Side note…“Dream House Raffle”…I feel like an opportunity is being missed here by some corporate sponsorship.


Of course; the odds are the same with each drawing.

It’s slightly different, because it’s clear what the prize is in the unlikely event you win Powerball – an exact cash amount based on clear rules. In this case, the charity contest is saying you can win a $10-million house when that’s probably not what you’ll win (you won’t win $10-million in cash, either, since the threshold is never reached).

tl;dr: if I’m going to throw away a few bucks on a daydream, I want to know what I’m gonna be dreaming about until the drawing happens (i.e until I lose). This is why I might put down $10 once in a while on Powerball, if I think of it, but why I wouldn’t put down $150 on a charity contest like this.

Late-stage capitalist America is all about making it as easy as possible to walk into the con. Every EULA, every corporate employment agreement, every corporate lease does that. The slimeball contest consultant is another parasite in that ecosystem.

The other groups that have to take responsibility are the charities running these contests. As the report indicates, after a while their credibility will suffer when that house never gets awarded year after year.


If you win a Powerball lotto there’s a good chance you’ll take the prize advertised in the Powerball ads.

Imagine if the ads for Powerball prizes were so misleading that not one winner chose to collect the advertised prize after learning of the fine print.


Exactly; the odds of winning are a rounding error.

I tried to make this joke to a guy from one of the big banks in Canada when I had to meet with him to get my RRSP moved. He didn’t get that I was making a joke (I assume I botched it and it’s just not that funny to begin with). I didn’t bother correcting him; I just wanted to get the meeting over with.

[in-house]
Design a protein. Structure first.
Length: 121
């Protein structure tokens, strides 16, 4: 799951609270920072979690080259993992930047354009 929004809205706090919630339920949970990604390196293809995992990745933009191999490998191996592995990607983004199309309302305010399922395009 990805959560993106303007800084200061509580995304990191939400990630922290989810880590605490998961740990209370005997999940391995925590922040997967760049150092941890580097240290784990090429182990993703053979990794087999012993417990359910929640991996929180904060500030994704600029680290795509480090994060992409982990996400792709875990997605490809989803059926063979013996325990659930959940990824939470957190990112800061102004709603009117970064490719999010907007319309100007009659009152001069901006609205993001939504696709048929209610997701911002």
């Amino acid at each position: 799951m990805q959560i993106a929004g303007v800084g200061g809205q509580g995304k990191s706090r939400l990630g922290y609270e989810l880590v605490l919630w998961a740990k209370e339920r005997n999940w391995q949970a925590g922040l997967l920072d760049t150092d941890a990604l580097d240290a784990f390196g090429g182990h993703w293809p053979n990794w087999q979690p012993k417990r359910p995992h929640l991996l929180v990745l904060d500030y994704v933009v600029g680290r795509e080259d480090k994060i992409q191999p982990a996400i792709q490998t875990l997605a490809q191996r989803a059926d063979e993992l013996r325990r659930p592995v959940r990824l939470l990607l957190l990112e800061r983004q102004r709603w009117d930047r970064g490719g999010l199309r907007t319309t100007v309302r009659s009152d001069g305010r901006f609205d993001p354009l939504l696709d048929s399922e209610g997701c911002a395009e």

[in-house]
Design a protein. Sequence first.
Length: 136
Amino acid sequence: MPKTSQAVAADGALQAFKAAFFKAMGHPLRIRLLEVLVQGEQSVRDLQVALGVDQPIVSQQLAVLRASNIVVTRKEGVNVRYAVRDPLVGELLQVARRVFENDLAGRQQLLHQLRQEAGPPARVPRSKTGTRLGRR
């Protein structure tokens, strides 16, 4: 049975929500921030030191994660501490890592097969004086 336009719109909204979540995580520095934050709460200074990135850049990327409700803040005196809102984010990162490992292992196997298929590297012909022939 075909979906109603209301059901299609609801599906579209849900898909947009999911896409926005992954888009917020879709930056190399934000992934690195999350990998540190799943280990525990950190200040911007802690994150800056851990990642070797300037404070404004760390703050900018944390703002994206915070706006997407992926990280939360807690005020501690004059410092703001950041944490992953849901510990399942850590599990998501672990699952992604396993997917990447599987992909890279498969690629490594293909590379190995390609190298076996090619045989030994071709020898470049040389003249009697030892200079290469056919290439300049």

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you and @gracchus and I are on the same side here.

I am expressly saying that we can blame grifters and con-men for shady rules and scams all day long…but ultimately there does need to be some blame on the “contestants” in cases like this. They really should know full well not just the odds of winning the thing are nigh impossible, but even winning said thing probably has a catch.


The mark’s greed is a confidence artist’s best asset, no doubt. But I’m not going to come down too hard on an old lady who’s buying a ticket because she likes to win stuff and because it’s “for charity” just because she didn’t plow through the fine print (she doesn’t have hard feelings about it, anyhow).


It is one thing to blame ticket buyer when the “con man” says win a billion dollars, chance of winning one half out of a billion! (and the chance is indeed one half in a billion), it is an entirely different thing when the con man says win a billion dollars, chance of winning one in a billion (when the chance is half that, or zero if not enough tickets are bough…and it isn’t a billion, it is $250mil).

It is a con if the odds or prize is misstated. It is entertainment (or a tax on the illnumerate) if the odds and prize are accurately stated.

(that said as if I won $250mil when expecting $1bil, I wouldn’t waste any significant portion of it fighting for the other 75%)